There are many other archaeological artefacts, as well, including a large stone engraved in Greek warning non-Jews not to go any further into the Temple, where only Jews were permitted to enter.
Until recent times, Muslims recognized the Jewish origins of the Mount, as well: A nine-page English-language tourist guide entitled “A Brief Guide to al-Haram al-Sharif [the Temple Mount] was published by the Supreme Moslem Council in 1925. It states that the Temple Mount site “is one of the oldest in the world. Its sanctity dates from the earliest times. Its identity with the site of Solomon’s Temple is beyond dispute.” (Emphasis added)
We ask what happened to shift Muslim thinking on the matter, and the answer, without a doubt, is the existence of the modern State of Israel.
After the destruction of the Second Temple and then the ultimate failure of a revolt against the Romans, Jews were no longer sovereign and no longer had control of Jerusalem. In the early centuries of the Common Era, Jerusalem was part of the Roman Empire, and then the Byzantine Empire. By the mid-Seventh Century, the Muslim period had begun. With the exception of the Crusader period, one Caliphate followed another: Ummayyad, Fatimid, Seljuk, Mamluk, etc.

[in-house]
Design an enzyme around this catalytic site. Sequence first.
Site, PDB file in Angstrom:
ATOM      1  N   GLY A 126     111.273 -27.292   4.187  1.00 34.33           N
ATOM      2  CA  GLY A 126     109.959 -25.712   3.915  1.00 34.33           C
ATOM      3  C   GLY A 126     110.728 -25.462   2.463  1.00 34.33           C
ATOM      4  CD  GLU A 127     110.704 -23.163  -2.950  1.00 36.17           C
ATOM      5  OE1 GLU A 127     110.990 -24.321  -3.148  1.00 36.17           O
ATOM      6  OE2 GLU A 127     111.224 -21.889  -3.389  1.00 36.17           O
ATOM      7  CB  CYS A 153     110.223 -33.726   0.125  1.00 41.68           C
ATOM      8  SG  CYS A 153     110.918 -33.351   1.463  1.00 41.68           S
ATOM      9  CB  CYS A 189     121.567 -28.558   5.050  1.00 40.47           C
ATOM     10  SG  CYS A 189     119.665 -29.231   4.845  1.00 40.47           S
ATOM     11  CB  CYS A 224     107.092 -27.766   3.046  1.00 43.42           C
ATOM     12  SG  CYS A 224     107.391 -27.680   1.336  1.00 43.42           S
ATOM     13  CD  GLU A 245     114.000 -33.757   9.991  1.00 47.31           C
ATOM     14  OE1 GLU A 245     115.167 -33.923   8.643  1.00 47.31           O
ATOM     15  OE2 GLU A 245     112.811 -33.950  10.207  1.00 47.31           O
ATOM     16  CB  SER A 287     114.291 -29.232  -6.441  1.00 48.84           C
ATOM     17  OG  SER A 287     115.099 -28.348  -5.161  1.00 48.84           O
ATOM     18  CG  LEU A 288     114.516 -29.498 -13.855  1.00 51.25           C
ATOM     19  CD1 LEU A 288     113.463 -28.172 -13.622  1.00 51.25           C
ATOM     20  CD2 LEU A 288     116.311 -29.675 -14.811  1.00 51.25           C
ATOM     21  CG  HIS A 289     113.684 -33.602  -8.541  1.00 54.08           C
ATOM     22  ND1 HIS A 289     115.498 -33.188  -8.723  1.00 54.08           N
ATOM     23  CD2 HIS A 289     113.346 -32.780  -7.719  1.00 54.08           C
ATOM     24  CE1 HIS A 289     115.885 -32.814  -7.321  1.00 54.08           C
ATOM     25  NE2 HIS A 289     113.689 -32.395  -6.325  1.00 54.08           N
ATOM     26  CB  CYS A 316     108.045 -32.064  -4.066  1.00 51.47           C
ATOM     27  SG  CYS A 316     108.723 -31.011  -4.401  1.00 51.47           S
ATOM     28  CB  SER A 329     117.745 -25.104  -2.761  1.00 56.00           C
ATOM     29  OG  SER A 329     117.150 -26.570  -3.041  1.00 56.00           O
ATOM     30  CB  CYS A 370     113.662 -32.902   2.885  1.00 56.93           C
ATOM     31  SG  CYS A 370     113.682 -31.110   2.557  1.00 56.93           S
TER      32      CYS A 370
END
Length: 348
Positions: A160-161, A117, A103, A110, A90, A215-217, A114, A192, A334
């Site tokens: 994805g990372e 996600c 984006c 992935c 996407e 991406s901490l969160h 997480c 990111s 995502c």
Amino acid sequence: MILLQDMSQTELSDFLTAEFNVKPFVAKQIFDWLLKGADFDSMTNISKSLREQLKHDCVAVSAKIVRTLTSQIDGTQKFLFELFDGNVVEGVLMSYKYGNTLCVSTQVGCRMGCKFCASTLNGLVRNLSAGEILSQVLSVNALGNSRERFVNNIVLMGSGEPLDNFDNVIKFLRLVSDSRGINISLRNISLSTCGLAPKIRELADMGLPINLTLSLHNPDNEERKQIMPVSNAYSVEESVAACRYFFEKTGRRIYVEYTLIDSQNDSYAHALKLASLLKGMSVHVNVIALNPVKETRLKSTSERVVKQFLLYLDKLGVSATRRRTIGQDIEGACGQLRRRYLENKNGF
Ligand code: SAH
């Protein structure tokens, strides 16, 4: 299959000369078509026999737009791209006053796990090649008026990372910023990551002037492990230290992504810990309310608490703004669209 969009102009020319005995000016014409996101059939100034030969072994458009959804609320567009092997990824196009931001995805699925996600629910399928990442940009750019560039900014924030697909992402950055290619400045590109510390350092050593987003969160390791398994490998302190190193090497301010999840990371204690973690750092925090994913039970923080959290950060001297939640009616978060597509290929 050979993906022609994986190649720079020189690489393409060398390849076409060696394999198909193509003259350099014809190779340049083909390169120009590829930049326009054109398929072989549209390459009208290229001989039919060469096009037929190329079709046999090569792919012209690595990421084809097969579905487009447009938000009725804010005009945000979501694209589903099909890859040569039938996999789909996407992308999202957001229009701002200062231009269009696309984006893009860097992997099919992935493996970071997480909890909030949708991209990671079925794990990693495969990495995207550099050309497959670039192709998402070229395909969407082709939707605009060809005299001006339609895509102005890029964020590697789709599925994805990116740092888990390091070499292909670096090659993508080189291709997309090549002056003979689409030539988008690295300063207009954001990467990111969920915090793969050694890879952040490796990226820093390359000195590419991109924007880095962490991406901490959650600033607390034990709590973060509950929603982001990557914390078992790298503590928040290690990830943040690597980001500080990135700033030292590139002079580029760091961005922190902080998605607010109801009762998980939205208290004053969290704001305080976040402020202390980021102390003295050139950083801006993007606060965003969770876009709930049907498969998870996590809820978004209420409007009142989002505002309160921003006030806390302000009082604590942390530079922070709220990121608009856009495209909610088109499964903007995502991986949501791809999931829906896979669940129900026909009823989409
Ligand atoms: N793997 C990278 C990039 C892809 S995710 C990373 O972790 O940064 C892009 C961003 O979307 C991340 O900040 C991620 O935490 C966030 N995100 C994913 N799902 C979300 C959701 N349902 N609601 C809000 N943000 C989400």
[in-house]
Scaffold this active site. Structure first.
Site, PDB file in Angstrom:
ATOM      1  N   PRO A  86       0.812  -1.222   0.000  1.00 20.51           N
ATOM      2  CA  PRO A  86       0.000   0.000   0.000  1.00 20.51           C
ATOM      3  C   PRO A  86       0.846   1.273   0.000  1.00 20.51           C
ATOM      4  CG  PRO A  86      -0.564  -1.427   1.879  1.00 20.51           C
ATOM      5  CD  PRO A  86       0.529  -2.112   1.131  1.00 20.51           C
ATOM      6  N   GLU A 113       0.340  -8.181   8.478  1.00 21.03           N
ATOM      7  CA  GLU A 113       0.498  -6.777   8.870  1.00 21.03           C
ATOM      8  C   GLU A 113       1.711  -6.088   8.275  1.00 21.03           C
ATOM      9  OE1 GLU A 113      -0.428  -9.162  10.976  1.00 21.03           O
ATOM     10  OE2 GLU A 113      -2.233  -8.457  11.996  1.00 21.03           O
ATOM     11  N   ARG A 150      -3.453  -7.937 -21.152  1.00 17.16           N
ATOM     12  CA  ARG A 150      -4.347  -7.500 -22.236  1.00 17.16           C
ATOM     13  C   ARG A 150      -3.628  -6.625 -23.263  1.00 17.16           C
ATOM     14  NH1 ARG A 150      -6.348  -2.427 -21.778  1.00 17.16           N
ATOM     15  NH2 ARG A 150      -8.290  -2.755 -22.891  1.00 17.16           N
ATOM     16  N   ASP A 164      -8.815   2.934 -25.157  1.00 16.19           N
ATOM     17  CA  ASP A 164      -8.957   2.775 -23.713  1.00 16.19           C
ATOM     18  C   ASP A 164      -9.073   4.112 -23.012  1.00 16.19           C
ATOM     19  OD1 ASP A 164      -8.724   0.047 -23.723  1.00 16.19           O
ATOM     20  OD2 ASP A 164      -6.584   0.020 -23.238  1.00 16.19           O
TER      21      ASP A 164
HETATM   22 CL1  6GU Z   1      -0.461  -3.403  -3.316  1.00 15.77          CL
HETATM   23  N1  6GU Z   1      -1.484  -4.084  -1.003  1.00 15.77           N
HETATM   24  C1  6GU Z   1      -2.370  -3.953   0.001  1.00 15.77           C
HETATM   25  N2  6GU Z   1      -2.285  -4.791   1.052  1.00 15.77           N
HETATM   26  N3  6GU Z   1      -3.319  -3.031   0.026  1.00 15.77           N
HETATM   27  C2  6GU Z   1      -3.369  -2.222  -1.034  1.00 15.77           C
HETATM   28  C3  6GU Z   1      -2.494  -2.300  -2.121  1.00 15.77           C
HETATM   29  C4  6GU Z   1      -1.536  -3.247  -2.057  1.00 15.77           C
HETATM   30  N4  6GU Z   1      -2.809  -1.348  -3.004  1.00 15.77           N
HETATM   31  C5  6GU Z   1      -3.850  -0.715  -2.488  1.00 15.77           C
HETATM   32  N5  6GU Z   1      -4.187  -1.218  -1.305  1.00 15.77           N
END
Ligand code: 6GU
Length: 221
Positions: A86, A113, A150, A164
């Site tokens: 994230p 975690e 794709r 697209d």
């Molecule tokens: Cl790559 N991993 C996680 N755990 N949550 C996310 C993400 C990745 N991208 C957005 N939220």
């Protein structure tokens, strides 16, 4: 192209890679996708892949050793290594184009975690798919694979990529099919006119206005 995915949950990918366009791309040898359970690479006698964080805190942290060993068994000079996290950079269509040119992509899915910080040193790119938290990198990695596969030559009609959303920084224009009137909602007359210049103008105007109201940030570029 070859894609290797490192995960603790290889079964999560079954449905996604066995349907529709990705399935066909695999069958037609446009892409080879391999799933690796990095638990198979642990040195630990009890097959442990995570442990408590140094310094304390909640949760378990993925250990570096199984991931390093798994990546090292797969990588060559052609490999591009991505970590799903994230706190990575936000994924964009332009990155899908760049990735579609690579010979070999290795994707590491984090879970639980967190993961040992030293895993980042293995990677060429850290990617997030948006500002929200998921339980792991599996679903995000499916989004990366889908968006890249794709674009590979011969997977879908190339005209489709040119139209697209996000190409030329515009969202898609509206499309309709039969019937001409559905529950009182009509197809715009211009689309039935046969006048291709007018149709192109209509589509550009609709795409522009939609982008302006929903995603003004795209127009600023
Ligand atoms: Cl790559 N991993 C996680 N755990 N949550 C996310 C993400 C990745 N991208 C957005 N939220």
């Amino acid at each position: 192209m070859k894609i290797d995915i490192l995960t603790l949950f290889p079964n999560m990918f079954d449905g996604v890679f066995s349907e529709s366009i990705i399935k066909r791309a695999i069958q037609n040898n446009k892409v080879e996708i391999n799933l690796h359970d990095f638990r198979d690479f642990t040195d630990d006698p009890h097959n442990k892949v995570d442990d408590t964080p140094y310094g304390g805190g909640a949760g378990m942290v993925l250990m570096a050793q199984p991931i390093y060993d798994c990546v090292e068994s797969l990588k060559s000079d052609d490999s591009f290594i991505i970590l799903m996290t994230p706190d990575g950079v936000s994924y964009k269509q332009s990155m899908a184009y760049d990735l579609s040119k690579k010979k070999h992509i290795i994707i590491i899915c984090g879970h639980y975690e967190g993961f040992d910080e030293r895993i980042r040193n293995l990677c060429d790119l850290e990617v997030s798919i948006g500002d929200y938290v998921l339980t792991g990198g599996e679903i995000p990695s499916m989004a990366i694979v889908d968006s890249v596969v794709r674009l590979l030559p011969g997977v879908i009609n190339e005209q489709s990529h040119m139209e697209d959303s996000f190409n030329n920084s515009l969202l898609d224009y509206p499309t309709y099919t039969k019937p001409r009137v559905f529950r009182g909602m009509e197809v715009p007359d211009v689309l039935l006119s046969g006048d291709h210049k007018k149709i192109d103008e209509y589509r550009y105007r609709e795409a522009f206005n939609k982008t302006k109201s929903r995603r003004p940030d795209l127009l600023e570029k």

In 691 CE Umayyad Caliph Abd al-Malik ordered the building of the Dome of the Rock as a shrine on the Temple Mount, on the precise location of the Temples. Then he ordered the Al Aqsa Mosque (pictured) to be built on the other side of the Mount in 705 CE.
This mosque is the third holiest site in Islam, after the holy shrine of Ka’bah in Mecca and the mosque in Medina, both in Saudi Arabia. Muslims praying on the Mount face Mecca.
The Ottoman Empire (Turkish, Muslim) ruled the area, from the 16th century until the end of WWI in 1918. Following this, Jerusalem, along with all of Mandate Palestine, was under the jurisdiction of the British. Israel declared independence in 1948, and immediately had to fight a defensive war. The subsequent truce with Jordan left Jerusalem in Jordanian hands (Muslim).
The situation changed significantly in June 1967, with the Six Day War and Israeli liberation of Jerusalem. Cried Chief of Staff Lt. Gen. Motta Gur, Har Habayit b’yadenu! “The Temple Mount is in our hands.”
Minister of Defense Moshe Dayan then laid down rules for the Temple Mount that are deeply regretted by many to this day. Whatever his motivation, his judgement was badly skewed, perhaps because he had insufficient understanding of Islamic precepts and intentions.